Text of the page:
This hefty volume is masterfully edited. Its content is organized according to practical sub-headings: practice, production and taskscapes; dress and the body; ritualized practice and ceremonial spaces; death and burial; science, medicine and aesthetics; language and aesthetic fields. By no means are these categories all-encompassing. An alternate scheme might have included, for example, contributions on the sensory dimensions of sexual encounters and pregnancy, birth, lactating, all of which are aspects of life no less worthy of attention than the realm of death and ritual handling of the dead body (see Part IV). This review, a product of collaborative work in a seminar held at the University of Texas at Austin in Spring 2022, focuses on Parts I, III, V, and VI.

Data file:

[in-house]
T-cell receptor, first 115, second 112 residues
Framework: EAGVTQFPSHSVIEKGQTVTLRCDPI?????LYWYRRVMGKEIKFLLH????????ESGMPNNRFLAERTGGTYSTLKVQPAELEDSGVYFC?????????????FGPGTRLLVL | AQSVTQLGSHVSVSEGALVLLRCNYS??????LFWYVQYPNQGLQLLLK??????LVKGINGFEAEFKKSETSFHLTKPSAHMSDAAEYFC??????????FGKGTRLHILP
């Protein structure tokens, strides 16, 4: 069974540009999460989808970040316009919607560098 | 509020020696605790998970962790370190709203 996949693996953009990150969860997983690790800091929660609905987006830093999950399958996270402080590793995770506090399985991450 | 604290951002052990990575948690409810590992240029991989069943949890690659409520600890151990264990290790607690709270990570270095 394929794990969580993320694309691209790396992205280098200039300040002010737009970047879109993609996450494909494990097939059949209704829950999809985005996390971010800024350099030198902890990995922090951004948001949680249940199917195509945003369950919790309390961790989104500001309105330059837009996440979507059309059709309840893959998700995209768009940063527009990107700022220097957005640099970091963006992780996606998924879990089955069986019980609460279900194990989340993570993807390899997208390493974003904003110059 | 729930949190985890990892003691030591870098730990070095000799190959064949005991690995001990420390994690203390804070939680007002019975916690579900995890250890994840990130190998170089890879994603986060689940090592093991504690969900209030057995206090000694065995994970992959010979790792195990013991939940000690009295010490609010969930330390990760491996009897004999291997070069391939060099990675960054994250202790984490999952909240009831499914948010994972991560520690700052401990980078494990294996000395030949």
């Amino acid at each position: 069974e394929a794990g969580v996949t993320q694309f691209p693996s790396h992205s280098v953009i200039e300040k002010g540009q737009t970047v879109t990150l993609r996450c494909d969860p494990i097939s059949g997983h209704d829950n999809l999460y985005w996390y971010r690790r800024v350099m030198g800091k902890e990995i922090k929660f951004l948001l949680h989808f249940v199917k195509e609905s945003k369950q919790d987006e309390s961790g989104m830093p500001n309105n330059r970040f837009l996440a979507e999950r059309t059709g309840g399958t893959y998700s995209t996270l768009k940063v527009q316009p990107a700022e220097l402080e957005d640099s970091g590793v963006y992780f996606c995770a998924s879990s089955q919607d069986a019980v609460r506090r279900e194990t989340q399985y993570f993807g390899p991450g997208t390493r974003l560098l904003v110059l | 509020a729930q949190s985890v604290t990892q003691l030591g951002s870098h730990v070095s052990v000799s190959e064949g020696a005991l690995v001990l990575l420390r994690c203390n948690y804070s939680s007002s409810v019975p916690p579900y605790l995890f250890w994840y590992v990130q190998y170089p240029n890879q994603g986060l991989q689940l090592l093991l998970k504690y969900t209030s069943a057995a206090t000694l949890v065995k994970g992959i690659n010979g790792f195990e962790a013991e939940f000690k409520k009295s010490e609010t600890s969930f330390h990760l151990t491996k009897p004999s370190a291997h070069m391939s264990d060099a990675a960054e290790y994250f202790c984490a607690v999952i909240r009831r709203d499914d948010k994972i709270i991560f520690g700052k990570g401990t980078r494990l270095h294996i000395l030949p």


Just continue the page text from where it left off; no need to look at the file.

The volume is a veritable feast of valuable contributions all of which are worth reading. Part I ( “practice, production, and taskscapes”) offers important insights regarding the sensory frameworks of makers, consumers, and audiences. Marian Feldman carefully reconstructs the bodily and sensory mechanics of sealing non-administrative tablets from Ur III Nippur. Her self-consciously sensory methodology of research enables her to model haptic, visual, and kinesthetic experiences. These experiences contributed to the shaping of communities of practice, whose standardized routines enabled the consolidation of state structures during this period. Though not as deeply theorized, Caroline Sauvage’s essay offers a richly textured and wide-in-scope overview of the sensory dimensions of textile production and consumption in the Levant and Mesopotamia. Solidly based on archaeological evidence and textual sources, her analysis facilitates imagining the multifaceted sensory dimensions of textiles made, worn or seen. This is important given that textiles rarely survive, and when they do, they are deprived of those traits that rendered them virtual extensions of their wearer’s or user’s identity (e.g. body odors, sweat, tears, other bodily excretions). Katherine Schmidt offers an insightful essay on the enchanting qualities of transparent glass bowls exclusively produced and used in the Assyrian palaces during commensal events characterized by an excess of sensory delights that aimed at imprinting into participants’ memory the might and ineffable splendor of the emperor. Based on the evidence of cuneiform “glassmaking texts,” Schmidt analyses the elaborate rituals before, during and after the risk-involving process of transparent glass production. Kiersten Neumann, on the other hand, focuses on the subtle and intentional rendering of tactility in the Apadana reliefs at Persepolis. She very persuasively hypothesizes that the reliefs might have invited visitors to interact with them through touching and feeling their properties. In this way, the reliefs would have resulted in experiential communities that would have momentarily brought together the diverse subjects of the empire. Finally, Agnès Garcia-Ventura and Mireia López-Bertran analyze textually surviving work songs and lullabies to tease out aspects of laborers’ experiences (including mothers’). Their essay is insightful despite the major limitation that the evidence they discuss does not preserve the important component of music (which their essay does not discuss).